Two years ago on this date, the global economy began to unravel like a badly knitted sweater.
Starting in Thailand and ending in Brazil, foreign investors fled in fright as currencies came undone. Emerging markets were submerged. President Clinton called it "the most serious financial crisis in half a century."
If not for the strength of the American economy, the worst-hit countries would not have had a hungry market for their wares, and the world economy would not be perking up now.
So what have these nations learned from the crisis, now that US-led $100-billion-plus rescue packages have helped put them on a reform track?
The answers are more than economic. Deep cultural practices have been challenged, especially in Asia. They're worth noting two years on:
Honesty: Thailand, which triggered the crisis on July 2, 1997, learned it's not wise to lie to foreign investors, as it did about its currency reserves. Capital flight spread as bubbly hopes for riches in Asia popped. Too many investments turned out to be based on corrupt dealings, cozy ties, and misleading data. Honest assessments by investors' services such as Moody's were called alarmist. Truth was a casualty of face-saving.
In Russia, officials admit they squirreled away billions from the International Monetary Fund (IMF). Japan, after years of denial, came clean about bad loans held by banks.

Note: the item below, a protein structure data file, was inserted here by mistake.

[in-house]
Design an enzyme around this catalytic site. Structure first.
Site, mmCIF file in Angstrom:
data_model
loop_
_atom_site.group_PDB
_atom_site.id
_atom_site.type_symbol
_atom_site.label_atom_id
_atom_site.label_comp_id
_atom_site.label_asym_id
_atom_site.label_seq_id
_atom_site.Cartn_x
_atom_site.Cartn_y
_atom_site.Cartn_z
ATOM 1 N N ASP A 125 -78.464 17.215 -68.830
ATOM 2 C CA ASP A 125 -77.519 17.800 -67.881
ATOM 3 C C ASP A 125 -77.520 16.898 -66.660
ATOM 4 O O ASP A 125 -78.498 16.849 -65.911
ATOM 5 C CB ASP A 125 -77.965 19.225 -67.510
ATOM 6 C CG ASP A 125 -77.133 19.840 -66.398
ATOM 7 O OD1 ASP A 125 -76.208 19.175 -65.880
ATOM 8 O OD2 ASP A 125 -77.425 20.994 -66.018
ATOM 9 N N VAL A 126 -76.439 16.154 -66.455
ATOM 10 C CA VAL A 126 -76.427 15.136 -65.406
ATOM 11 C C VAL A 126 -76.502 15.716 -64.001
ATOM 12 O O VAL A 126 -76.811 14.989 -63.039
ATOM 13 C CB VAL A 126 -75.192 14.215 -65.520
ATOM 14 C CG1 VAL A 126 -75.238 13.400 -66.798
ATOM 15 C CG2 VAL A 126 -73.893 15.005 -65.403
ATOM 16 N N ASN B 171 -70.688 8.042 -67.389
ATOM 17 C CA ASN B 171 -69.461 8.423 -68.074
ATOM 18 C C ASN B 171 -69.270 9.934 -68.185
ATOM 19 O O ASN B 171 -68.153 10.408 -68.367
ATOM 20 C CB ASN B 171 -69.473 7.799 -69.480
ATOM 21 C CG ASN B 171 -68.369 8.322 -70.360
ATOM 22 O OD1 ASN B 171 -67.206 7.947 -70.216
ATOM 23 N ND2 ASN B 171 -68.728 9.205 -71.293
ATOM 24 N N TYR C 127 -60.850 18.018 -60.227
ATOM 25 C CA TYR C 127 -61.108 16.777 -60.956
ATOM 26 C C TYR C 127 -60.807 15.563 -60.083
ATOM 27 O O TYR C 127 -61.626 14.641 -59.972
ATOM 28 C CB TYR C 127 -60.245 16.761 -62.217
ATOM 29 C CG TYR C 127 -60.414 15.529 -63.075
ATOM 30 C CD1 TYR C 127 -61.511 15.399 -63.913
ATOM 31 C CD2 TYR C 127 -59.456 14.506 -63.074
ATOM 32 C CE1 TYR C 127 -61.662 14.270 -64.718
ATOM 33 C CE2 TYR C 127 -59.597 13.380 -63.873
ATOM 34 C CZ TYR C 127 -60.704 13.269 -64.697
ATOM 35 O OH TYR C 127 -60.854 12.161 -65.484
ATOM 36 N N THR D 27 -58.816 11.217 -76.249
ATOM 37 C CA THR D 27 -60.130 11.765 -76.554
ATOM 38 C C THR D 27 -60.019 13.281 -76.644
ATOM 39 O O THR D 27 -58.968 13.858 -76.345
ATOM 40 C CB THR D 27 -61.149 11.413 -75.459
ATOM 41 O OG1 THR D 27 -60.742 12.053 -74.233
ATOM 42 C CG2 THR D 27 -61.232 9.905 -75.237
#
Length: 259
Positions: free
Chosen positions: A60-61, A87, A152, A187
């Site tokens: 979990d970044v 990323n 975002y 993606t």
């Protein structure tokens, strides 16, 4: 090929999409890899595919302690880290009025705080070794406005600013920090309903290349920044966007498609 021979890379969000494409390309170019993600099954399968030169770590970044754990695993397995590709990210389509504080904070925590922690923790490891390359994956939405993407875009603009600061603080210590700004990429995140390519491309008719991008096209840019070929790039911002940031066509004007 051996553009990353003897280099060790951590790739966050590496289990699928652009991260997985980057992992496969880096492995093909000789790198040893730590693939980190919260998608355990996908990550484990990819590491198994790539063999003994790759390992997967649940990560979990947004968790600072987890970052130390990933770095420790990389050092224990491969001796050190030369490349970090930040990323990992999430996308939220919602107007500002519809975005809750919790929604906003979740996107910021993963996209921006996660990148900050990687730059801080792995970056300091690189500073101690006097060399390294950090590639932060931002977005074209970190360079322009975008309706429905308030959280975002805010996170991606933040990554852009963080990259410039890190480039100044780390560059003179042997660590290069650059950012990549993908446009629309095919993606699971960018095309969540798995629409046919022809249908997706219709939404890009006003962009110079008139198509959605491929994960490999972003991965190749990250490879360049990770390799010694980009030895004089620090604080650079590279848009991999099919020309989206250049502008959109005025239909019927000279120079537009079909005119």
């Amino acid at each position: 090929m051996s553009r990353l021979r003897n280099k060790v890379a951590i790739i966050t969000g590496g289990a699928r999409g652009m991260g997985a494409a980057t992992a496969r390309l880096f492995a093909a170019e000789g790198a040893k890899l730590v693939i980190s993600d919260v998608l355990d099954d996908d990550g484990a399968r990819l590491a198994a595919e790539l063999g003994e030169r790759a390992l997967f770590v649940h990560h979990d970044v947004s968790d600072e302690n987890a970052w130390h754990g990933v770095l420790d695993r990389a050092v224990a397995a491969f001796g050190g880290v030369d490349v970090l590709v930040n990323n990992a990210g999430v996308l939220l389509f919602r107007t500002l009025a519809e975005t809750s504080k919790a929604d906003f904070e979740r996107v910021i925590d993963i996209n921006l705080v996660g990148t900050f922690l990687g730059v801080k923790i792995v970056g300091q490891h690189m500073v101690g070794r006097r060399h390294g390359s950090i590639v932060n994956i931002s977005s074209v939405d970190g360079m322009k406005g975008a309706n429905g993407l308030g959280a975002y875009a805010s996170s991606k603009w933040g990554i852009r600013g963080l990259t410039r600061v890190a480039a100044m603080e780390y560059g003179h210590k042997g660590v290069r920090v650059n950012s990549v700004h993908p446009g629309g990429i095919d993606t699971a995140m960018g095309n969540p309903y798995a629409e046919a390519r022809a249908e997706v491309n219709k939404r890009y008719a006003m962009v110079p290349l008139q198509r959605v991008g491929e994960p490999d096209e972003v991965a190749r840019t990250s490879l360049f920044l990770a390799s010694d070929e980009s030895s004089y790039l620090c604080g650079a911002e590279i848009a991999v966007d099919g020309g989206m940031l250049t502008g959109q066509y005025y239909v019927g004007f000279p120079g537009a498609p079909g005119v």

These days, foreign investors are asking tougher questions. In Thailand, a freedom-of-information law is helping keep officials honest.
Humility: Taking money and advice from the IMF was a bold act of contrition for Asia's tiger economies. Malaysia alone shunned IMF help, but it is suffering a deep political crisis.
No longer does the "Asia economic model" suffice. Bankruptcy of some companies is now more accepted. Bureaucrats are humbled after trying to guide cartel-like business empires. The IMF itself learned from its mistakes, and the US learned that rapid capital flows can hurt small nations.
In South Korea, a former top executive set a popular example by doing the "unthinkable": He ignored job status and now does what he wants by waiting tables at a posh restaurant.
Accountability: In Thailand and South Korea, democracy was strengthened. In Indonesia, it was restored. In Japan, the ruling party was thrown out for a while.
Business empires and banks are slowly being merged or broken up. Investors who ignored the risks are being forced to take their lumps. Russia is being stiff-armed by the IMF until it installs economic reforms.
Much work still needs to be done. Billions in bad loans remain on the books. Industries have surplus capacity. But lessons are being learned in the heart as well as in the pocketbook.